Tech entrepreneur Reema Rasool has always stressed the importance of supporting education for women and girls in India.
“Here in America, we are used to the idea of social change and we are lucky to grow up with a sense of, ‘OK, you don’t like it, so change it,’” Rasool recently told MassMutual’s blog. “I do believe that’s the American in me.”
Rasool is the star of a new ad by MassMutual that tells the story of how she, the daughter of Indian immigrants, began her first company, which sold luxury scarves and pashminas. The products were inspired by her own Kashmiri heritage.
She later began her own clothing and social impact startup ElleBhi. The company trains women in India to embroider and manufacture clothes with the goal of helping them become financially independent.
Rasool recently completed the first round of seed funding for ElleBhi’s new trade school for women in Jammu, India. The mom of two said she was particularly dedicated to the cause of women’s empowerment because she had seen the Indian women she worked with stay in unhealthy relationships because they could not afford to move on.
“It really bothers me to see that,” said Rasool, adding that her own grandmother’s story was one of the main reasons she decided to pursue social impact work. My grandmother was extremely intelligent, but she grew up in India and she wasn’t allowed to study after the eighth grade, so she made sure that her daughters and granddaughters understood that education and financial independence equals power, especially for women,” she said. “This idea has been passed down from my family.”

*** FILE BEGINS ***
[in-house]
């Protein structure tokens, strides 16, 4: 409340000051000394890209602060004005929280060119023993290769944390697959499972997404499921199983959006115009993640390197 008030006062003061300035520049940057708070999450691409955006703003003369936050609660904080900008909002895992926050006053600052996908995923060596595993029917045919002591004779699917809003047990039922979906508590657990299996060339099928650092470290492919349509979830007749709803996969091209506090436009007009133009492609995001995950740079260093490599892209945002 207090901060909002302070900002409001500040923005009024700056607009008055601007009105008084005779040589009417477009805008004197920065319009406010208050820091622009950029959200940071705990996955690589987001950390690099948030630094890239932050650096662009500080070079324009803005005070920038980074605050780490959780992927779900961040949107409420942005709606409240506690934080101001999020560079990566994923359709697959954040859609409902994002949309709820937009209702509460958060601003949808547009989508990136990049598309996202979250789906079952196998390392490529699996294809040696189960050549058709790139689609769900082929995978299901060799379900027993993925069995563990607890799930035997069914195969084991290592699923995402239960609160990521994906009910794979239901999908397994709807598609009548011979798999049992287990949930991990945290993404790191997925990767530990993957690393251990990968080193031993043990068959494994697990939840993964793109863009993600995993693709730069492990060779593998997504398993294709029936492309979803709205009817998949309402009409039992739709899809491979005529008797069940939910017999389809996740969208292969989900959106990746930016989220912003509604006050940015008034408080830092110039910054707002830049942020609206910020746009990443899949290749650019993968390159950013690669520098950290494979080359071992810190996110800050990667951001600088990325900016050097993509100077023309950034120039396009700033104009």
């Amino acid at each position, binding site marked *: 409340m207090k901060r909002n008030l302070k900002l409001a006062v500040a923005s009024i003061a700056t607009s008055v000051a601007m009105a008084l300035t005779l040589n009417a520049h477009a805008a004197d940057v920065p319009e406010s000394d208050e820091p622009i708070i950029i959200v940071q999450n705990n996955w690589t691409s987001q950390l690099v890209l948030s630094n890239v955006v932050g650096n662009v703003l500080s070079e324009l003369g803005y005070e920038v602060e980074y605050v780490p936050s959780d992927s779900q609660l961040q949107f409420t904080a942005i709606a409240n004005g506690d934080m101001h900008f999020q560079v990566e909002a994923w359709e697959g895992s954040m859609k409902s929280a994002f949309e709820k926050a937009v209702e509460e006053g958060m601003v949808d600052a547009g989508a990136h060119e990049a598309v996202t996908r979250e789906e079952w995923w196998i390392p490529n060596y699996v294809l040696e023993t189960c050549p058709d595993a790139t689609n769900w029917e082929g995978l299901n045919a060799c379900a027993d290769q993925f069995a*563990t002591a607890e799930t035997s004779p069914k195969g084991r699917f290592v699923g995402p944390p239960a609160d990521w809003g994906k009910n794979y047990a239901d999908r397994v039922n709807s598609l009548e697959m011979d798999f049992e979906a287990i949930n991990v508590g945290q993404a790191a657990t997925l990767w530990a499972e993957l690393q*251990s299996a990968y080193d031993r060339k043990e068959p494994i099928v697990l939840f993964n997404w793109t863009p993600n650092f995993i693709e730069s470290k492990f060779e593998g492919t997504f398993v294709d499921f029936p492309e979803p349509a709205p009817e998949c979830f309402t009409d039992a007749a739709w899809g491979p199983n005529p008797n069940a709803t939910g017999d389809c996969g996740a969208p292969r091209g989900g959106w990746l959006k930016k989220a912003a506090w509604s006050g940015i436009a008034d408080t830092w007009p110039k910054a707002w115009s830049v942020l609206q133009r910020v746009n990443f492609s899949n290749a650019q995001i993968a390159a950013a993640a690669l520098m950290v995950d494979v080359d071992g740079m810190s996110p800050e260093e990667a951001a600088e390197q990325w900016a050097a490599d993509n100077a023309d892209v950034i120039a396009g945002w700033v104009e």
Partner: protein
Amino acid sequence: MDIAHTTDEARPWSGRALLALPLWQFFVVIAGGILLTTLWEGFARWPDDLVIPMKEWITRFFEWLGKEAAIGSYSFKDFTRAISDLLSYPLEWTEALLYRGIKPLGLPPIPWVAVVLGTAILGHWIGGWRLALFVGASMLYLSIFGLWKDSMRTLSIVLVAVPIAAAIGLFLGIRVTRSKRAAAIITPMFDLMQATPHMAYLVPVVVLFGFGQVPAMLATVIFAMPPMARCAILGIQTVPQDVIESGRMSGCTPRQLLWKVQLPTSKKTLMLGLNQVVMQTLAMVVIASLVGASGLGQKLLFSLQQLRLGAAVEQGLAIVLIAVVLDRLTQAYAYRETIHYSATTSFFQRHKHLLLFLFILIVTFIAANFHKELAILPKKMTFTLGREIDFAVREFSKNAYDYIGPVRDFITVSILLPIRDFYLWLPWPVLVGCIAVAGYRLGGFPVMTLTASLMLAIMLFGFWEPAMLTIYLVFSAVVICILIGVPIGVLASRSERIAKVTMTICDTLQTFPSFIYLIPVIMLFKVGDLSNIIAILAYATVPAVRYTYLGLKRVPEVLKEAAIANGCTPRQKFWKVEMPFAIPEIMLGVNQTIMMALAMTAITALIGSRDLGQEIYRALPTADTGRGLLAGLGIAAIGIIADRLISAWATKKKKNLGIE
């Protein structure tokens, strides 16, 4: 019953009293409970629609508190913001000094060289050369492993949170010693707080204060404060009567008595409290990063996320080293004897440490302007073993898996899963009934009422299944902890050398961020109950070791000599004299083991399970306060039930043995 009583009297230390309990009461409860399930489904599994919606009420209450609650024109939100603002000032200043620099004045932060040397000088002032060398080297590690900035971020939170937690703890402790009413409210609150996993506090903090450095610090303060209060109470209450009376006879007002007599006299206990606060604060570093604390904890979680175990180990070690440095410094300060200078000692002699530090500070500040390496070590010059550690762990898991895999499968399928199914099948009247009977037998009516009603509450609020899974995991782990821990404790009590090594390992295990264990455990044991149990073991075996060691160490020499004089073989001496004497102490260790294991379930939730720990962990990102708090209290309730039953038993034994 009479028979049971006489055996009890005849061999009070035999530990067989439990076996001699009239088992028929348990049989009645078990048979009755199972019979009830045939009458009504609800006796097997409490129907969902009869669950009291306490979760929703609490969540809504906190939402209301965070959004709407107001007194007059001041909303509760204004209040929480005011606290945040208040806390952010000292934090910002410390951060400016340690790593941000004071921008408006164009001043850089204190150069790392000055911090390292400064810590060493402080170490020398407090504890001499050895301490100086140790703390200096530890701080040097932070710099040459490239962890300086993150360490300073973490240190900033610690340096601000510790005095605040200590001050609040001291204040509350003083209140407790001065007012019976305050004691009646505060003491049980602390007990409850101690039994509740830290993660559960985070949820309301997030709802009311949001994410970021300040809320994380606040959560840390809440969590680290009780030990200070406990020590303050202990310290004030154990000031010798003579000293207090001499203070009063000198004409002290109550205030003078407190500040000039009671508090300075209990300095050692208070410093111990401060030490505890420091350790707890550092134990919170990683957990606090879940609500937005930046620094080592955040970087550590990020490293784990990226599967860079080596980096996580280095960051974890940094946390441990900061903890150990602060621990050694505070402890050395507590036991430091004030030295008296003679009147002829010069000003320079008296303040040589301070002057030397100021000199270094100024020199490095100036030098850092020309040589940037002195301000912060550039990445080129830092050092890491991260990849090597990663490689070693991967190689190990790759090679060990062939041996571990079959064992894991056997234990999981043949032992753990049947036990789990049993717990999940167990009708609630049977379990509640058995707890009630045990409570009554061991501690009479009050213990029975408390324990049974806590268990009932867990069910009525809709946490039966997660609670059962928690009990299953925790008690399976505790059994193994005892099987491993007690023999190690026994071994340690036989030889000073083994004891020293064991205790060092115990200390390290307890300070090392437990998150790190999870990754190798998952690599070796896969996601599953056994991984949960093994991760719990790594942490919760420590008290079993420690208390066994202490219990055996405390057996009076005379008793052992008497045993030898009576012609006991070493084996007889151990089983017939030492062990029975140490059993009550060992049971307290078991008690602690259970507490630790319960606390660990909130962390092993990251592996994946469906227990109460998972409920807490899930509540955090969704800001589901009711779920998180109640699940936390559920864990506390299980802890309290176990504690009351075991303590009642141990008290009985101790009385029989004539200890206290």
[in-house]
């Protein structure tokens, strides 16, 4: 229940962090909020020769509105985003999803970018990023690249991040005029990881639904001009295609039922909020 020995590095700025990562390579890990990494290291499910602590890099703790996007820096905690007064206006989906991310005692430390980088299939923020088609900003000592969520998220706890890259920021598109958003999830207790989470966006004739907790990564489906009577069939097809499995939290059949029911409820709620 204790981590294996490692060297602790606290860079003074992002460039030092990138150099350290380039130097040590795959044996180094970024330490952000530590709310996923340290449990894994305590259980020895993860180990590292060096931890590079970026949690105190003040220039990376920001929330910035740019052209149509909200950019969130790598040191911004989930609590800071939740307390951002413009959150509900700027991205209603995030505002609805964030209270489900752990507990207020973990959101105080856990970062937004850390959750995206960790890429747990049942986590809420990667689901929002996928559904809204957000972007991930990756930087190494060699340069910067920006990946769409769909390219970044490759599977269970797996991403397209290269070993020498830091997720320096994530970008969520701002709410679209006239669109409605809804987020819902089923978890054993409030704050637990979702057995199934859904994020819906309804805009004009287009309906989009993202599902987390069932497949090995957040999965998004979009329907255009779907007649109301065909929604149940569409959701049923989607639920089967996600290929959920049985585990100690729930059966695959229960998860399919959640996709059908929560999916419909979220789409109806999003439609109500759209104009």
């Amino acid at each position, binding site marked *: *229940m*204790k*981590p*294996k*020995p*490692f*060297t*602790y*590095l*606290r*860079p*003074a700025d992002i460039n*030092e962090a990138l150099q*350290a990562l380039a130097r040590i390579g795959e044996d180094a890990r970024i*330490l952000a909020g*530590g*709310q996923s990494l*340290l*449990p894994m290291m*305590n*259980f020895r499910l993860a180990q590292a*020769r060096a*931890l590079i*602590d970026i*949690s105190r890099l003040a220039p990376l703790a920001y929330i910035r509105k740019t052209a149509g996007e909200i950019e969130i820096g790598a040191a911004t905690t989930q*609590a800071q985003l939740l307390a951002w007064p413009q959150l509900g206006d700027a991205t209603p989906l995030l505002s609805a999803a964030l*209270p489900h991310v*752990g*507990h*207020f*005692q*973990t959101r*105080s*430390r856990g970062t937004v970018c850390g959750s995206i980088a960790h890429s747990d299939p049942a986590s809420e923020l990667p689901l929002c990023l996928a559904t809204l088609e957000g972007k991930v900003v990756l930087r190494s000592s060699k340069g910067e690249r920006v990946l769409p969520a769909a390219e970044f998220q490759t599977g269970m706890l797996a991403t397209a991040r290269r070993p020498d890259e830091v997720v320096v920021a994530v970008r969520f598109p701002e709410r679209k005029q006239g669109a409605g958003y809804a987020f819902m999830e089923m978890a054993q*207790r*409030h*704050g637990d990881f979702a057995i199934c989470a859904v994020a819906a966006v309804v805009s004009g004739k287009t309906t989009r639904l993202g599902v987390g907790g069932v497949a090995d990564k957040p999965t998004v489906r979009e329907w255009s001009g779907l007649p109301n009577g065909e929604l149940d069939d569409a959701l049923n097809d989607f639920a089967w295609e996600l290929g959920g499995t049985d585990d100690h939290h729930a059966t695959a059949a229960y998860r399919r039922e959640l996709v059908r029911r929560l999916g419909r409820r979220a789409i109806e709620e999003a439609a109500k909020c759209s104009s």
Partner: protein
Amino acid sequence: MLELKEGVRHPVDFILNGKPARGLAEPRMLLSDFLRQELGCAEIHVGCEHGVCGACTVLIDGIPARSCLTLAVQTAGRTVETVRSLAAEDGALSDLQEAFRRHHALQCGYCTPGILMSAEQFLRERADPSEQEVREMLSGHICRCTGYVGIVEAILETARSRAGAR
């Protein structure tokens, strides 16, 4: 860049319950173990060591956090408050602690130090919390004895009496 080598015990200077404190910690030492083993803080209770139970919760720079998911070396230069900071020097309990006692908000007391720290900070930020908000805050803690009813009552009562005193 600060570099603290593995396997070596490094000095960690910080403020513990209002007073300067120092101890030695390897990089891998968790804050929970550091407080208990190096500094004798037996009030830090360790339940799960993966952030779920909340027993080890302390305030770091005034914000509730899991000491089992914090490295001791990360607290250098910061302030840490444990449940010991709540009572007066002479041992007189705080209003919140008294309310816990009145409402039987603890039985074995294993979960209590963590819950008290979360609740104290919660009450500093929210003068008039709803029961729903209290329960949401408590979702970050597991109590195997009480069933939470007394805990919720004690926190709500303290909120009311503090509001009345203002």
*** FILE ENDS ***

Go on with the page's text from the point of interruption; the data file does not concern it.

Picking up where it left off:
Rasool’s own journey into entrepreneurship was not always a straightforward one. After graduating from NYU with a creative writing degree she began working as a publicist for several fashion brands. Her first attempt at starting her own business was rife with errors. “I knew nothing about retail or working with vendors in India,” she said. “I fell on my face tons of times.”
Since then, Rasool has founded South Asian Young Women Entrepreneurs (or SAY WE), a networking organization for other South Asian women business owners. Though SAY WE was established in 2010, Rasool has said that she continues to learn from its members.
“I get way more out of talking with students and other entrepreneurs than they get from me,” she told MassMutual. “I just love their energy.”
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